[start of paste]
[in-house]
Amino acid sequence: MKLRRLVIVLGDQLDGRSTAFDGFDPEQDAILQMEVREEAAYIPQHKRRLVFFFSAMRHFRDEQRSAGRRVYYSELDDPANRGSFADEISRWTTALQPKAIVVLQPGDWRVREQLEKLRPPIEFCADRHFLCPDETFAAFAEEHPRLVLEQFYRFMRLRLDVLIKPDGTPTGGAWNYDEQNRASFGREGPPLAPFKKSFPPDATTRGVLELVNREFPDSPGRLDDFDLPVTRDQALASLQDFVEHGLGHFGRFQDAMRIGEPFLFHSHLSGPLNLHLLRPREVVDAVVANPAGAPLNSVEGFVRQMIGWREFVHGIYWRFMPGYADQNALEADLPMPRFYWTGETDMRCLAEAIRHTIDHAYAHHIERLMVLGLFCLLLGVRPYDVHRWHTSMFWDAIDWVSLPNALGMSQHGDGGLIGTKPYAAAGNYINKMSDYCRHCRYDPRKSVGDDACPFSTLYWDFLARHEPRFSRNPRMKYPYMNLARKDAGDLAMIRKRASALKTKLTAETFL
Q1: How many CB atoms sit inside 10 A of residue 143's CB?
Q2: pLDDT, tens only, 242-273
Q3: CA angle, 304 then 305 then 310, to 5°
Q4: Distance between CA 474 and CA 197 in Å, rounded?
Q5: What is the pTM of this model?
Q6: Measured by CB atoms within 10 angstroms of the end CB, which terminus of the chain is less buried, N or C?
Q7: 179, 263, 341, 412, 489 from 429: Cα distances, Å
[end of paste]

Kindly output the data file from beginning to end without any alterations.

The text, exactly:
[in-house]
Amino acid sequence: MKLRRLVIVLGDQLDGRSTAFDGFDPEQDAILQMEVREEAAYIPQHKRRLVFFFSAMRHFRDEQRSAGRRVYYSELDDPANRGSFADEISRWTTALQPKAIVVLQPGDWRVREQLEKLRPPIEFCADRHFLCPDETFAAFAEEHPRLVLEQFYRFMRLRLDVLIKPDGTPTGGAWNYDEQNRASFGREGPPLAPFKKSFPPDATTRGVLELVNREFPDSPGRLDDFDLPVTRDQALASLQDFVEHGLGHFGRFQDAMRIGEPFLFHSHLSGPLNLHLLRPREVVDAVVANPAGAPLNSVEGFVRQMIGWREFVHGIYWRFMPGYADQNALEADLPMPRFYWTGETDMRCLAEAIRHTIDHAYAHHIERLMVLGLFCLLLGVRPYDVHRWHTSMFWDAIDWVSLPNALGMSQHGDGGLIGTKPYAAAGNYINKMSDYCRHCRYDPRKSVGDDACPFSTLYWDFLARHEPRFSRNPRMKYPYMNLARKDAGDLAMIRKRASALKTKLTAETFL
Q1: How many CB atoms sit inside 10 A of residue 143's CB?
Q2: pLDDT, tens only, 242-273
Q3: CA angle, 304 then 305 then 310, to 5°
Q4: Distance between CA 474 and CA 197 in Å, rounded?
Q5: What is the pTM of this model?
Q6: Measured by CB atoms within 10 angstroms of the end CB, which terminus of the chain is less buried, N or C?
Q7: 179, 263, 341, 412, 489 from 429: Cα distances, Å